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The Devil's Backbone

The Living Will Always Be More Dangerous Than The Dead 

Year: 2001 
Running Time:
Aspect Ratio: 1.85:1 (XWide) 
Certificate: BBFC 15 Cert – Not suitable for under 15s 
Subtitles: The level of subtitling in this film is unknown to WSC 
Directed by Unknown 
Starring: Unknown  

Last year was a pretty good year for horror fans. There was the eerie melancholy of The Others, the impressive savagery of Brotherhood of the Wolf, and the artistic, deeply disturbing Spanish ghost story, The Devil's Backbone. In point of fact, The Devil's Backbone is one of the most horrific, subdued, and downright terrifying spook films around, imbued with an dark and oppressive atmosphere that seems to permeate the texture of the film and leaves one with a deep sense of foreboding long after the credits have rolled.

Set during the dying days of the Spanish Civil War, the action of the film takes place in a desperately poor and isolated orphanage, where the penniless war-orphans are placed and cared for by the benevolent director. When a new child is admitted to the institution the dreadful secrets of the institution's past begin to claw to the surface, in the shape of a terrifying ghost who haunts the windy corridors. As the children begin to uncover the mystery of the building, the past comes crashing violently into the present, and terrible events begin to unfold.

Guillermo Del Toro, director of the dark vampire chiller Cronos and the messy bug movie Mimic, brings a strong sense of atmosphere to the proceedings, as well as a hefty dose of symbolism - could the unexploded bomb in the orphanage's courtyard be any more meaningful? The dank cellar, where many of the key moments of the film take place, feels literally imbued with dank and decay. However, the most powerful factor of the whole film is the phantom itself; constantly bleeding from the head, dripping wet, and moving in a most creepy manner, it really is a disturbing image.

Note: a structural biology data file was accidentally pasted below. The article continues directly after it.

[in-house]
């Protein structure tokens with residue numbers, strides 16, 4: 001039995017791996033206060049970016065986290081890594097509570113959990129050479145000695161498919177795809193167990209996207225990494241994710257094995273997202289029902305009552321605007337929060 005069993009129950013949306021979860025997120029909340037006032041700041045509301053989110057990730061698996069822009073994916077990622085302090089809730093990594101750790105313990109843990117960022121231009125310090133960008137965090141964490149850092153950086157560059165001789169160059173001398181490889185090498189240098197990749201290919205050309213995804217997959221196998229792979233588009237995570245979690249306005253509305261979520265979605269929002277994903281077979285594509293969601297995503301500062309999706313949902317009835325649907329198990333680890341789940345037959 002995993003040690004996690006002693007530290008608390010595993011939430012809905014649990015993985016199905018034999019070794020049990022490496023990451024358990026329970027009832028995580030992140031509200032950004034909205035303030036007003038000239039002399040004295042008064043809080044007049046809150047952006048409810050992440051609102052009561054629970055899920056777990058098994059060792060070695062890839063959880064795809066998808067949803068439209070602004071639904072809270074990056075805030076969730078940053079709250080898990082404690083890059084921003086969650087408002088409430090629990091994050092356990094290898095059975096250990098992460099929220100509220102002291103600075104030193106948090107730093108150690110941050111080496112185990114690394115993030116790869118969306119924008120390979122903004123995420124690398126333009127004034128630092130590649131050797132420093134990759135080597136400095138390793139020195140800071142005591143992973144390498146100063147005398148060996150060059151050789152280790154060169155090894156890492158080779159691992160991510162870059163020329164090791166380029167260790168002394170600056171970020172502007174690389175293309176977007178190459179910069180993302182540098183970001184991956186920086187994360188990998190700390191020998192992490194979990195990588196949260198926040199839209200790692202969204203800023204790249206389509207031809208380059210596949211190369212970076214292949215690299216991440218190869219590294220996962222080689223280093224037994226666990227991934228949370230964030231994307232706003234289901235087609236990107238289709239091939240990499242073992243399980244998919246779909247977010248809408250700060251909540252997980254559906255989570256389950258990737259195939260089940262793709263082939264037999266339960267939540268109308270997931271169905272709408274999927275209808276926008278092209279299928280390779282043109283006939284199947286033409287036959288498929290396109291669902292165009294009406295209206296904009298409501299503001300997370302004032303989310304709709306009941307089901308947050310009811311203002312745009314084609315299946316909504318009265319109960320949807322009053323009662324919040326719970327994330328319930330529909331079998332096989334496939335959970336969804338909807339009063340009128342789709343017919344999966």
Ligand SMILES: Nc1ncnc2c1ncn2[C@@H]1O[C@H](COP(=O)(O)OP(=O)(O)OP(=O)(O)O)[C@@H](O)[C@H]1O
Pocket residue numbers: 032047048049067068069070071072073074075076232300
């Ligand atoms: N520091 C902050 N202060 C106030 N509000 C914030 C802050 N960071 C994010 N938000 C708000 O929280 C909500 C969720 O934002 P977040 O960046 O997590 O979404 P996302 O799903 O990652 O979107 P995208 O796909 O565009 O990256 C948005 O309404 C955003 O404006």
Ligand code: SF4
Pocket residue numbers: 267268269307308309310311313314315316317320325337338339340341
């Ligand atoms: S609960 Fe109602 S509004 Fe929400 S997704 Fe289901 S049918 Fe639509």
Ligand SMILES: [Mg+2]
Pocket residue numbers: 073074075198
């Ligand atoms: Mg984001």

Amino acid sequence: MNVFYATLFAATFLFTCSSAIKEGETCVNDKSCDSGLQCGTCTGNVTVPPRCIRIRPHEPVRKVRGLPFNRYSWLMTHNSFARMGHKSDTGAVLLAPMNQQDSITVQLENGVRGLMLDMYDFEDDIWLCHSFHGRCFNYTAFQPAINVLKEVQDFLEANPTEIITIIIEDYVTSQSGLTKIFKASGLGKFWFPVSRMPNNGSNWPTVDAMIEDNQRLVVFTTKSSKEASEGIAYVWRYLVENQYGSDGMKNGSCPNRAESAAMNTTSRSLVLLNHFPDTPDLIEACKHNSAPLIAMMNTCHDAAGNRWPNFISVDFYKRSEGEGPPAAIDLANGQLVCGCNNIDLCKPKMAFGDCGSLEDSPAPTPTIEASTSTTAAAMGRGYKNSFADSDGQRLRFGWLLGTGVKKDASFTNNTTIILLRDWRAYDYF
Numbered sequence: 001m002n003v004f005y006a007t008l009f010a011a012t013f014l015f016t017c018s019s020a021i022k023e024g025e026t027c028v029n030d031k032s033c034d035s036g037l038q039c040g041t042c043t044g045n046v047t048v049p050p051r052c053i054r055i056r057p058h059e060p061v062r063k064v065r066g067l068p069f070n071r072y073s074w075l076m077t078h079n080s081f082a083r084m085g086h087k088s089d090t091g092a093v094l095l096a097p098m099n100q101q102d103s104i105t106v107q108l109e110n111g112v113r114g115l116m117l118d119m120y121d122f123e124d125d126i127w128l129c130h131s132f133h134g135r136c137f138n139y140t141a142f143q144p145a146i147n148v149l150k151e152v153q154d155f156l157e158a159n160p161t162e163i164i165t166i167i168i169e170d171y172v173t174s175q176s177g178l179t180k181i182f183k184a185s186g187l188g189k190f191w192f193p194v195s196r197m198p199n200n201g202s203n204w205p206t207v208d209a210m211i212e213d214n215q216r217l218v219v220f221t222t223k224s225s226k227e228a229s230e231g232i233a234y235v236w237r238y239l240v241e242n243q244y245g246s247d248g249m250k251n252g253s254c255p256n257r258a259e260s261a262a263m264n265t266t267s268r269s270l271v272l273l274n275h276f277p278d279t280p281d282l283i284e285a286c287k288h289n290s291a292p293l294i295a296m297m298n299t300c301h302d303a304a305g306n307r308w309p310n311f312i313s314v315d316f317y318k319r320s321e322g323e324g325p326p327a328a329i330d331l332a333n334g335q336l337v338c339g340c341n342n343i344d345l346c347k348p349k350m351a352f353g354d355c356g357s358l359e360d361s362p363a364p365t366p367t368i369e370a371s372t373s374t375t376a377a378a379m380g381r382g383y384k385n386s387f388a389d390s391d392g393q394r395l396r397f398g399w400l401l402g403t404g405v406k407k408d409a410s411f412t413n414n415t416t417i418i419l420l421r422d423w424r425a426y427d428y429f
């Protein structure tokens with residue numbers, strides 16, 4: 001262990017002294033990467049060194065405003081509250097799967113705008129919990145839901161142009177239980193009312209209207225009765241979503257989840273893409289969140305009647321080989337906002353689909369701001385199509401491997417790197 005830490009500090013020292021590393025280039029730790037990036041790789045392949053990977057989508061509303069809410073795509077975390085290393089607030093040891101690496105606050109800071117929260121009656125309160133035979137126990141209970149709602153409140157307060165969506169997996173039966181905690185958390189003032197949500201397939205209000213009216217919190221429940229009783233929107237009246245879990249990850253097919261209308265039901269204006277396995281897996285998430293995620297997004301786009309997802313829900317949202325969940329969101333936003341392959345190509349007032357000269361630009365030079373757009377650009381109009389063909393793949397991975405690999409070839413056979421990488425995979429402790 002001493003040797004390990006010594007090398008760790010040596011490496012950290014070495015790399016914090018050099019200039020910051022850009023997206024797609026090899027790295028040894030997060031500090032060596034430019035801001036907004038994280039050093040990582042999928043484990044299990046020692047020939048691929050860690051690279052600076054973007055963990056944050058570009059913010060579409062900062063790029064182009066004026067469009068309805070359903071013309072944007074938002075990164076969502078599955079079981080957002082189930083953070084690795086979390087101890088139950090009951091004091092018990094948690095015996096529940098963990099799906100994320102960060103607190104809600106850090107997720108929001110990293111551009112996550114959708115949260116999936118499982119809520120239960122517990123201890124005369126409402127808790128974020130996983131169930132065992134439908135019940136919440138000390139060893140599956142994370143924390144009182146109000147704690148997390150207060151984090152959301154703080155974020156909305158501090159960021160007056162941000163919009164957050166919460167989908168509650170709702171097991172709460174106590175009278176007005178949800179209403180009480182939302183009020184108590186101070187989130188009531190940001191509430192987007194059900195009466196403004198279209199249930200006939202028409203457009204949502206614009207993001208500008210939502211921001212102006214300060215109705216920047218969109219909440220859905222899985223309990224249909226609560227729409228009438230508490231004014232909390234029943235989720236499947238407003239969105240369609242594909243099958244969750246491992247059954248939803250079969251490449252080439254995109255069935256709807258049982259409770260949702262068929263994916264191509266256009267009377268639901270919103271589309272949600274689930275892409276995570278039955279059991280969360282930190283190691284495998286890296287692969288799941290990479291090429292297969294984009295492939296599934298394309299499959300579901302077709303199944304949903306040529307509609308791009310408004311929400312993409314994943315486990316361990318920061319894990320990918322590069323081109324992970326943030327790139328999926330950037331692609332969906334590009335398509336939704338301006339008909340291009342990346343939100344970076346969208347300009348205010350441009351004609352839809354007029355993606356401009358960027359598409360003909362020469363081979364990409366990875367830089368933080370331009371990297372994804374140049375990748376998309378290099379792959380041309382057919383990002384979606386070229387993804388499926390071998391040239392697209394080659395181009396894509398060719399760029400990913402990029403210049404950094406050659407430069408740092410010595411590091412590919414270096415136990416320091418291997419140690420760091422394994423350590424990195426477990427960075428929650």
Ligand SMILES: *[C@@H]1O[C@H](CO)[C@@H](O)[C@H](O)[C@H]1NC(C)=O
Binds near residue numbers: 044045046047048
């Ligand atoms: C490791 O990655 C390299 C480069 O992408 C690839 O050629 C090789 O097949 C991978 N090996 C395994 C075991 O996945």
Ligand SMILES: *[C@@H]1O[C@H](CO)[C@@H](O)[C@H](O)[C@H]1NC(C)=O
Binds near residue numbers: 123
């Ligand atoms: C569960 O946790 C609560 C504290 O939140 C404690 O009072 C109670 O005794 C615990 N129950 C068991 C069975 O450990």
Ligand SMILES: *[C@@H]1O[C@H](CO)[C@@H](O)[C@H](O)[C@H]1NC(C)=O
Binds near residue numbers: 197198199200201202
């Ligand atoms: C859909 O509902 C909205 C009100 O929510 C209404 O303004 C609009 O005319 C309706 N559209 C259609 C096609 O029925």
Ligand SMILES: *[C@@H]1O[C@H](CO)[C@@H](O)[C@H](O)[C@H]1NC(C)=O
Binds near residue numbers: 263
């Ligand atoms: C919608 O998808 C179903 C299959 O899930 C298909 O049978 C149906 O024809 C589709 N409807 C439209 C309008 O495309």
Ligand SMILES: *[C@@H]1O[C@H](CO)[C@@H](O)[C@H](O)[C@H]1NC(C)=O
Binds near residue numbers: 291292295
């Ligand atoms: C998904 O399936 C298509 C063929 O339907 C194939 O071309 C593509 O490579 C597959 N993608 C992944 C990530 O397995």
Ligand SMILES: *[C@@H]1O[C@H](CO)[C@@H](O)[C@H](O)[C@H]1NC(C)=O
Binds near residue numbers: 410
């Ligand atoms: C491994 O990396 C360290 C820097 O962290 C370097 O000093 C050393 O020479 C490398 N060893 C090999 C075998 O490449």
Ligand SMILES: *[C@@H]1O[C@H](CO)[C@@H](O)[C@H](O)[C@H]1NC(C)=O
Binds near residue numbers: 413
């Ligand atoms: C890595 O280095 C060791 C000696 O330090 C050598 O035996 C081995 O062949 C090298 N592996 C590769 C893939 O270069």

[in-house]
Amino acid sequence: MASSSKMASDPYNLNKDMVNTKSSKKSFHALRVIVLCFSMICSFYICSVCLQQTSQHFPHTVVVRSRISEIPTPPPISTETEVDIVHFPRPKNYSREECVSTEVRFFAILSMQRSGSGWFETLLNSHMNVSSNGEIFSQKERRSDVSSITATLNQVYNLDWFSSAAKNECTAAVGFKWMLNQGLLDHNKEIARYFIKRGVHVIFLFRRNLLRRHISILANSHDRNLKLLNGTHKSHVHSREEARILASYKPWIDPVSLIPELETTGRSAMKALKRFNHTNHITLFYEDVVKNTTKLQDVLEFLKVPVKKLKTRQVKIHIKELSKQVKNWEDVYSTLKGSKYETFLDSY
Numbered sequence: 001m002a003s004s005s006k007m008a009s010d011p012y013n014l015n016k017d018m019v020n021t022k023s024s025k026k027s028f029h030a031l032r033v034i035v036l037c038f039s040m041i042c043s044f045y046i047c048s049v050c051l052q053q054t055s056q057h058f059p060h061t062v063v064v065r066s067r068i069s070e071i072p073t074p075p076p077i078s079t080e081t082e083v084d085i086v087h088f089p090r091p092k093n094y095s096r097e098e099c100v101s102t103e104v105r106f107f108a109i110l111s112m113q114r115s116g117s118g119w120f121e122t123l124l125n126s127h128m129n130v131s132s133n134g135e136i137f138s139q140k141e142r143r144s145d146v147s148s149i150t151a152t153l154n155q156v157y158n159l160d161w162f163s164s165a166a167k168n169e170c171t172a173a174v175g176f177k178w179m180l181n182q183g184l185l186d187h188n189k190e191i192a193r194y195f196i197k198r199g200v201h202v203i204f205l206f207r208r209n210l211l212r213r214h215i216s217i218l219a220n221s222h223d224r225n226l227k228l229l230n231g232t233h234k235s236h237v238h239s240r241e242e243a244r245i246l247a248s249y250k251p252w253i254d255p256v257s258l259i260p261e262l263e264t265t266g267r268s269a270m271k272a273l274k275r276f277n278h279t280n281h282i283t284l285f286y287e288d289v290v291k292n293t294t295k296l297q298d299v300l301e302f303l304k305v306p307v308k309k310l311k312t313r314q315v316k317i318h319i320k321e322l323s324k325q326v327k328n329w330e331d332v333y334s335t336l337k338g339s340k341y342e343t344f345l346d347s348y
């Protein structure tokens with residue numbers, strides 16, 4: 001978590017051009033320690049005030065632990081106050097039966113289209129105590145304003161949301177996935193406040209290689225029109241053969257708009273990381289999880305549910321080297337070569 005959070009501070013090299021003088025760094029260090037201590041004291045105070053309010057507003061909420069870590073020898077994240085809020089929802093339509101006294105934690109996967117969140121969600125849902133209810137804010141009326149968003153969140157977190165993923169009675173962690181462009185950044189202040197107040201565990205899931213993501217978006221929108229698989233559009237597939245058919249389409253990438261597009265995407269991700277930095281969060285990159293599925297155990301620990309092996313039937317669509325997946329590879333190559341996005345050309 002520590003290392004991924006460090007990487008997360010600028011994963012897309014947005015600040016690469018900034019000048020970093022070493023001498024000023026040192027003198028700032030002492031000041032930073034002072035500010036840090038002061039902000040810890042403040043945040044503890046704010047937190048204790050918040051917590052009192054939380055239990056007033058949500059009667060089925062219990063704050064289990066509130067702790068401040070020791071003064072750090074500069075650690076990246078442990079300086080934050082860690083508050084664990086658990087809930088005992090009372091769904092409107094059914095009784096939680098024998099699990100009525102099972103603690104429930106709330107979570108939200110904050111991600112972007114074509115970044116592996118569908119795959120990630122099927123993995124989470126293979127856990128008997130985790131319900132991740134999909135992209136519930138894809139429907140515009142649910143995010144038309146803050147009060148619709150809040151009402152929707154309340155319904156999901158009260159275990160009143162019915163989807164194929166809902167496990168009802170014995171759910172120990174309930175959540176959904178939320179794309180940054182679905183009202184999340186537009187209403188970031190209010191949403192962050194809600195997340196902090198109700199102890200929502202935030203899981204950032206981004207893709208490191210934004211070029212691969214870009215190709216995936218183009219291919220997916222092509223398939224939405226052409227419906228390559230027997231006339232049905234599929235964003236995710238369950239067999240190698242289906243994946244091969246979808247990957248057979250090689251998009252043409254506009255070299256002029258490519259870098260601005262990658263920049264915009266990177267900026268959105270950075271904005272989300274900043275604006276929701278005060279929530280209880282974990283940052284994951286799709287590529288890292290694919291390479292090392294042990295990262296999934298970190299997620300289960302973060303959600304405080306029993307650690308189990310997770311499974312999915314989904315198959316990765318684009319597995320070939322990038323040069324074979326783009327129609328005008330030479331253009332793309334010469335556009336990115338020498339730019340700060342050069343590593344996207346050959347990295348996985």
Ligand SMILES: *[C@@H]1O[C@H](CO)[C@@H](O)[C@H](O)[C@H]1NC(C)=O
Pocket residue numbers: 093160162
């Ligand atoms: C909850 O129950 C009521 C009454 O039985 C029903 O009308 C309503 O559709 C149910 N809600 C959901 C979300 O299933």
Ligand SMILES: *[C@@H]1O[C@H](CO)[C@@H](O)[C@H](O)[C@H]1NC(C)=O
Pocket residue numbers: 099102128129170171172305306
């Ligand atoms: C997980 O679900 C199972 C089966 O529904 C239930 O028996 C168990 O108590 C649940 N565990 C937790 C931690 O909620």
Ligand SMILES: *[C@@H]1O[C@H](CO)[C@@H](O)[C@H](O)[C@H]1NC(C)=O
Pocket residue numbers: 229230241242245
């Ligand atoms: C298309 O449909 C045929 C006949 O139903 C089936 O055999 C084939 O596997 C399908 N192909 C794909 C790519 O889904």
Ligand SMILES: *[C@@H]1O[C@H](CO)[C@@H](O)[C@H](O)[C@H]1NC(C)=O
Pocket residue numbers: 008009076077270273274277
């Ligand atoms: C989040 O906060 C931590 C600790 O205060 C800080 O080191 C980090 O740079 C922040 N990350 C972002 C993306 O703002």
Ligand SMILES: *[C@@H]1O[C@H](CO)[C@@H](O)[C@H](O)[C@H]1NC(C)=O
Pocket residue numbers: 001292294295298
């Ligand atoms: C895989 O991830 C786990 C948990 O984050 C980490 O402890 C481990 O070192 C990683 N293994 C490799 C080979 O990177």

Although The Devil's Backbone, like The Others, relies heavily on its sense of atmosphere, it also serves as an exciting drama. There are moments of intense action (as well as several of intense violence) but never seems uneasy in its transition between these two genres. Quite the opposite, in fact, these elements add together to create a brooding, brilliant and downright scary horror thriller that injects a breath of fresh air into the well-worn genre of ghosty films.

Greg Taylor

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Screenings of this film:

2001/2002 Summer Term (35mm)